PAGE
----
• The government intends to announce rules to eliminate double tax liability for NRIs on foreign retirement funds.
  • The finance minister announced that soon pre-filled income tax returns with details on capital gains from listed securities, dividend income, and interest income from banks and post offices would be available to ease tax filing process.
  • It was also proposed that the advance tax liability on dividend income arise only upon payment of the dividend. Last year, the finance ministry abolished the dividend distribution tax for companies and made it taxable in the hands of the shareholders.
  • The government is planning a dispute resolution committee for small taxpayers with taxable income of up to INR 5 million (US$68,402) and disputed income of up to INR 1 million (US$13,680). Till date, 11 million taxpayers have availed the Direct Tax Vivad Se Vishwas scheme to resolve tax disputes.
  • The Budget 2021 proposed setting up a faceless dispute resolution committee for individual taxpayers (Income Tax Appellate Tribunal).
  • Senior citizens above 75 years receiving only pension/interest income do not need to file tax returns. This is because banks paying the interest would deduct the tax on their behalf.
  • Interest earned by Provident Fund (PF) contributions above INR 250,000 (US$3,420) a year will now be taxed at normal rates – applicable only to employee contributions. This will impact high-income salaried individuals using the voluntary PF to earn tax-free interest.
  • India’s income tax return filers increased to 64.8 million in 2020 from 33.1 million in 2014.

Extension of tax holiday

  • The government will extend the eligibility of tax sop on home loans till FY 2022.
  • Affordable housing projects can avail their tax holiday for a year more.
  • Tax holiday for start-ups has also been extended by one more year, to March 31, 2022.
  • The budget announced a tax exemption for relocating funds to IFSC GIFT City and a tax holiday for the aircraft leasing business in GIFT City – steps towards establishing the area as a global financial hub. Currently, most aircraft leasing companies are located in Ireland, Dubai, and Hong Kong.

Labor market and hiring

  • Minimum wage standards will now apply to all categories of workers. They will all be covered by the Employees State Insurance Corporation.
  • For the employers, the labor compliance burden will be reduced with a single registration and licensing process, and a provision to submit returns online.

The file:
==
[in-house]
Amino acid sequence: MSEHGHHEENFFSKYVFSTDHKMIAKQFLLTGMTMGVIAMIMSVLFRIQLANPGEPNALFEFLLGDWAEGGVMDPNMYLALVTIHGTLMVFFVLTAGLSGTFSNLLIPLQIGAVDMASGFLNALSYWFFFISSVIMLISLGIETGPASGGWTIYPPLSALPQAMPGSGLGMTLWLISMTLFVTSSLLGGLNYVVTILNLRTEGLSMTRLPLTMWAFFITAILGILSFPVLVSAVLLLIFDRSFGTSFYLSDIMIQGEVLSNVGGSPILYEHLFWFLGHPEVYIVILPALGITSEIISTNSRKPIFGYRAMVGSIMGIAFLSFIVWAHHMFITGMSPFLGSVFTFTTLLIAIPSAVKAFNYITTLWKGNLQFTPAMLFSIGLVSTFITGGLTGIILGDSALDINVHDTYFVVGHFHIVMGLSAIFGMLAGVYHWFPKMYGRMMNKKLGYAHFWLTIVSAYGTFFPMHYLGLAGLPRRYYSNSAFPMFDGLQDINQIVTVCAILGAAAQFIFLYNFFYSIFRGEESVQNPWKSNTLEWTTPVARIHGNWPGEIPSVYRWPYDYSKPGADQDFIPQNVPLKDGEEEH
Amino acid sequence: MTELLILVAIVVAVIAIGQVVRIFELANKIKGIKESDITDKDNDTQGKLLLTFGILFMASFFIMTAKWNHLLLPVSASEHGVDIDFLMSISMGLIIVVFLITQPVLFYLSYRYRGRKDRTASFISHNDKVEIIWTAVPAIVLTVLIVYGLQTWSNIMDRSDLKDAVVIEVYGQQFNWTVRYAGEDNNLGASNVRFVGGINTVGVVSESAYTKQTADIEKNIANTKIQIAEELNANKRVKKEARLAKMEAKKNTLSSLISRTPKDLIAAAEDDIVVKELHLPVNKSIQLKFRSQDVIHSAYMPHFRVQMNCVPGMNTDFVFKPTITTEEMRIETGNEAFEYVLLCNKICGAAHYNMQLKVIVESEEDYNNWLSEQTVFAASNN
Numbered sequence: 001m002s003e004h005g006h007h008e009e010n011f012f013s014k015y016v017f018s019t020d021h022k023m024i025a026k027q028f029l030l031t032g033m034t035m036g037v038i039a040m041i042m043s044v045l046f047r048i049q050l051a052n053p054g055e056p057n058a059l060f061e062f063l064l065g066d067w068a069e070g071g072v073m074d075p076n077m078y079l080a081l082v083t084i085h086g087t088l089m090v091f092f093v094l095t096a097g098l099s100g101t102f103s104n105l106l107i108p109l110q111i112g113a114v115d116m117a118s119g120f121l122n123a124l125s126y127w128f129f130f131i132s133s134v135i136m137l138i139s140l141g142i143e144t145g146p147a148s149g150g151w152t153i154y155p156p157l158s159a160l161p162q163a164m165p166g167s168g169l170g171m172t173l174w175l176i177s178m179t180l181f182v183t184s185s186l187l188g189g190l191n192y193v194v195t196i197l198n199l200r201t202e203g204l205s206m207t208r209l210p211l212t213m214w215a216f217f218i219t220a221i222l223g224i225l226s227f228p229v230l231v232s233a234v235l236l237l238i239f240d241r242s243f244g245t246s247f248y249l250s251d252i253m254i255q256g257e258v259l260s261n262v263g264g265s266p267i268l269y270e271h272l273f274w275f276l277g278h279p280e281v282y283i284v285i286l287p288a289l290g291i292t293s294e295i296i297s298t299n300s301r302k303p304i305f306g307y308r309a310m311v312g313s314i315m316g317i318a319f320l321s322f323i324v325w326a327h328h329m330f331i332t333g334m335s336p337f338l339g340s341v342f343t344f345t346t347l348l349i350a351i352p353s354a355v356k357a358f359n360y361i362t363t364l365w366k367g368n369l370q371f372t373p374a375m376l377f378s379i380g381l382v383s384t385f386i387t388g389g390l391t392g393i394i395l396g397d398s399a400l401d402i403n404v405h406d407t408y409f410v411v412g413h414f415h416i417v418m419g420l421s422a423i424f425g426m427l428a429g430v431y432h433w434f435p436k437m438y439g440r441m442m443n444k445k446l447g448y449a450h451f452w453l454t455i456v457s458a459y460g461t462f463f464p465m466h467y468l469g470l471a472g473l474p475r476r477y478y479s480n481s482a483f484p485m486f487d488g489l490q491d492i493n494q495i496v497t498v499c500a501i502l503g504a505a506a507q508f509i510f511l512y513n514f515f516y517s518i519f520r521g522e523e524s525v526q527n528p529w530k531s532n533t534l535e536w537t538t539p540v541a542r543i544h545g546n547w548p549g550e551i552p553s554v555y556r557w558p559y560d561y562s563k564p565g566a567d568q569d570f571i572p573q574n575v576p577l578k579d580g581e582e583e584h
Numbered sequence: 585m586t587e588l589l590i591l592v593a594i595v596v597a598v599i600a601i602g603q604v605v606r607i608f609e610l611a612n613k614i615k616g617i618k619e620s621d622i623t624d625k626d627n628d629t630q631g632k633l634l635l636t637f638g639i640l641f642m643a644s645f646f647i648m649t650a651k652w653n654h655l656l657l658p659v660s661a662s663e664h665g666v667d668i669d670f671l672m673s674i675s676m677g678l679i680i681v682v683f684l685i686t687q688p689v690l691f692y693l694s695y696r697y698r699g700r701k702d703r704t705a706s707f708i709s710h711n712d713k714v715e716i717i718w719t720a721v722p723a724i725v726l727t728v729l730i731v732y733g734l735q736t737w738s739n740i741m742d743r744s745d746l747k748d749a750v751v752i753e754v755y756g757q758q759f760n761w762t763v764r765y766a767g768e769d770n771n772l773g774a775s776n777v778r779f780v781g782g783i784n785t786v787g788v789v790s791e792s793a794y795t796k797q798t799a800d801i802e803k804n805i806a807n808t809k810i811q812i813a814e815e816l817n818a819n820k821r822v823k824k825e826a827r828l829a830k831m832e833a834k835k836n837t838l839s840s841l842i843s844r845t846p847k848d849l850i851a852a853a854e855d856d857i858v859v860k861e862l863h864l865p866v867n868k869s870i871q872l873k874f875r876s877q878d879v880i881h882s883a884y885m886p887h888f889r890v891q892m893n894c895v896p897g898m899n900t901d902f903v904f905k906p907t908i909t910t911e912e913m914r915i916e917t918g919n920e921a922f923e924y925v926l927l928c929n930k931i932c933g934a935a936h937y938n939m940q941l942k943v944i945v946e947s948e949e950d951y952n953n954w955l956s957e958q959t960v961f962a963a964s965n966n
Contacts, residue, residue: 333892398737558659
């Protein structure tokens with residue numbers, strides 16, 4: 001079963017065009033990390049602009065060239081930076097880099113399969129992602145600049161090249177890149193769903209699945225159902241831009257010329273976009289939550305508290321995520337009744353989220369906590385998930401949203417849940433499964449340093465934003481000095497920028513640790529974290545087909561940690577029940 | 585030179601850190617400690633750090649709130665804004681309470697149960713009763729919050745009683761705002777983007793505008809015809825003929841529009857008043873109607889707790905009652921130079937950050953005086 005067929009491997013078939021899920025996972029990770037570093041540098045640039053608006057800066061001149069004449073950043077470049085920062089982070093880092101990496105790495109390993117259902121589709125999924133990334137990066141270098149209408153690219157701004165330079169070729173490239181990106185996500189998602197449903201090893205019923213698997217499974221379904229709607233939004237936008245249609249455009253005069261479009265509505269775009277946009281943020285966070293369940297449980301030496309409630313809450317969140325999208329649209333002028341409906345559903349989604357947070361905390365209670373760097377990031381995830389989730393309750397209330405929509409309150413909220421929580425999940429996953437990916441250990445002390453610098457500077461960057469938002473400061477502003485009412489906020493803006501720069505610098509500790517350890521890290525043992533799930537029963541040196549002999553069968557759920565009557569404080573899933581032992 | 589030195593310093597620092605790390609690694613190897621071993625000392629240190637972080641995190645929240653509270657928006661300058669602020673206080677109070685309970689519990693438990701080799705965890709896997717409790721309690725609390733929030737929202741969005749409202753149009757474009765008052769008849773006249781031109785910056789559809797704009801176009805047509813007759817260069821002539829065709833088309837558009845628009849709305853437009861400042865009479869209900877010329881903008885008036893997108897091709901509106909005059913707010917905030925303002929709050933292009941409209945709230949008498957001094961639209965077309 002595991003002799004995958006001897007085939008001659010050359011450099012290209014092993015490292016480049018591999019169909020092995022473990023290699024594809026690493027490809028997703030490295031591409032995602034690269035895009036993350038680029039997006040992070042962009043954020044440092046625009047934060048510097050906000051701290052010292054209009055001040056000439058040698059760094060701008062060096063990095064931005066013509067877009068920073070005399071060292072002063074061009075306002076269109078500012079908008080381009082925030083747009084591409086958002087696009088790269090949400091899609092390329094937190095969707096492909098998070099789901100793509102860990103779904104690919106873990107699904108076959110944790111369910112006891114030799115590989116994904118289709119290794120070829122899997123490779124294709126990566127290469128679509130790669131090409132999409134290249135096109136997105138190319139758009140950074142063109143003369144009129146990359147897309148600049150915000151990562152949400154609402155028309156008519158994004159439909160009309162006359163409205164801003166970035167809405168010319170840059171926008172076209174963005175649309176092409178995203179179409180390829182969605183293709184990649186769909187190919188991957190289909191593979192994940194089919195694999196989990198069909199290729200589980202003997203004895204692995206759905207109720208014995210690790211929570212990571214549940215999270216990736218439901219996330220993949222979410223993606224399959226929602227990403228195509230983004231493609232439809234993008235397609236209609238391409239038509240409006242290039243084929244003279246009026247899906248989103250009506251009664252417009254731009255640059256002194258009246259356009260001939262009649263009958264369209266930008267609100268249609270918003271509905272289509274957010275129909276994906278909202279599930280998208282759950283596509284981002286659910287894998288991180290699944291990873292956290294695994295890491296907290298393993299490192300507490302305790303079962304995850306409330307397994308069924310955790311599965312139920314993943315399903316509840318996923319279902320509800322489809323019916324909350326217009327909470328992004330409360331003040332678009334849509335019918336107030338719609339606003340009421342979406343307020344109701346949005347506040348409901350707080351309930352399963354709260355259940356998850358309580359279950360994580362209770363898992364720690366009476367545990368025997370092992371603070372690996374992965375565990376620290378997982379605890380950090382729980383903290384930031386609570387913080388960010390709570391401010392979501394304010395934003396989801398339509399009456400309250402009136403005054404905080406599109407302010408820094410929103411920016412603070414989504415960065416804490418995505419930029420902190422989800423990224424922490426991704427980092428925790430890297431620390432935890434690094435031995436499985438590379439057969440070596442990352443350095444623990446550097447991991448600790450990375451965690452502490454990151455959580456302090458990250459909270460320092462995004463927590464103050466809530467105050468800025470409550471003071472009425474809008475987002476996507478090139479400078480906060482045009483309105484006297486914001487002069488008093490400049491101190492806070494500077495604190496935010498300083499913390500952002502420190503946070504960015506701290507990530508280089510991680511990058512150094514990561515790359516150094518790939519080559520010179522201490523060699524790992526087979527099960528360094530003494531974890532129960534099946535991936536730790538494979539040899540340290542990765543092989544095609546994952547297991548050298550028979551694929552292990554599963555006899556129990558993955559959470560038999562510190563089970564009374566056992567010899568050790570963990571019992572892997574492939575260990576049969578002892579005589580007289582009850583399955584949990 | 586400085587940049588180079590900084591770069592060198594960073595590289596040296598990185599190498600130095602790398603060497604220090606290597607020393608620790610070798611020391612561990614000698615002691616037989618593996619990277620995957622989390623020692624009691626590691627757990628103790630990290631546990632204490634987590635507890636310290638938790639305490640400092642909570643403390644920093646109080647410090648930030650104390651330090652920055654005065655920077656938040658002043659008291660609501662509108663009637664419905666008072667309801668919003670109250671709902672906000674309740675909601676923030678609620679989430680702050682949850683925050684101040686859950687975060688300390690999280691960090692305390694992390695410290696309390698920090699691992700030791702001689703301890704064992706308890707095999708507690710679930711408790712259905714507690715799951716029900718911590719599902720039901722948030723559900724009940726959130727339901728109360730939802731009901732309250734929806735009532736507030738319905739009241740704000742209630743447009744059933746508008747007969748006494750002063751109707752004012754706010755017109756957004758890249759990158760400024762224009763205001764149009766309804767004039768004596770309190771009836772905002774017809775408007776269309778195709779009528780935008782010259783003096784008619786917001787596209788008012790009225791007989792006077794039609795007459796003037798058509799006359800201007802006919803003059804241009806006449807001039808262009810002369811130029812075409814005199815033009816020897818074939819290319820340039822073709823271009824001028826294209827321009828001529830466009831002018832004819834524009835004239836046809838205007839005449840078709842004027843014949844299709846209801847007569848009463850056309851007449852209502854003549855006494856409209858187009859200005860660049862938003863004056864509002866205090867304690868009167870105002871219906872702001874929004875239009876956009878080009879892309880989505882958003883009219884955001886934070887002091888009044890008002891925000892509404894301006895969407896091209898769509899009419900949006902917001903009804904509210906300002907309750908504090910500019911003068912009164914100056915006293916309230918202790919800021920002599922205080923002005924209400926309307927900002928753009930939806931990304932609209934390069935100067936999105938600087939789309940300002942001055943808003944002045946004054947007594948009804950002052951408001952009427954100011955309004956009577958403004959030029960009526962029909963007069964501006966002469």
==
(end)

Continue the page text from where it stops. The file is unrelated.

• Women will be allowed to work in all employment categories, including nightshifts, but adequate protection must be in place.
  • To bring them into the organized sector, the finance minister has proposed setting up a portal to collect information on gig and platform workers in the country. The finance minister said, “The portal will help formulate health, housing, skill, insurance, credit, and food schemes for migrant workers.”

Consumer spending

  • The Agri Infrastructure and Development Cess was announced on a number of items. Under Budget 2021, it is proposed as INR 2.5 per liter of petrol, INR 4/liter of diesel, and 100 percent on alcoholic beverages.
  • In a push to further localize production, the government raised basic customs duty on import of sub-parts of mobile phones and battery chargers from nil to 2.5 percent in FY 2021-22. This could raise the price of imported mobile phones.
  • Air conditioners, refrigerators, LED lights, and mobile phones, among other items, could get more expensive. Here’s why – Budget 2021 has hiked customs duty on the following imported parts – compressors for refrigerators and air conditioners, LED lamps, PCB, raw silk, cotton, solar inverters and lanterns, auto parts like safety and toughened glasses, windscreen wipers, signaling equipment, mobile parts like PCBA, camera modules, connectors, back covers, side keys, mobile charger components, inputs or raw material of lithium ion battery, ink cartridges and ink spray nozzle, finished leather products, nylon fiber and yarn, plastic builder wares, cut and polished synthetic stones, including cut and polished cubic zirconia.
  • Rationalization in customs duty on gold and silver will result in them becoming cheaper.

About Us

India Briefing is produced by Dezan Shira & Associates. The firm assists foreign investors throughout Asia from offices across the world, including in Delhi and Mumbai. Readers may write to india@dezshira.com for business support in India.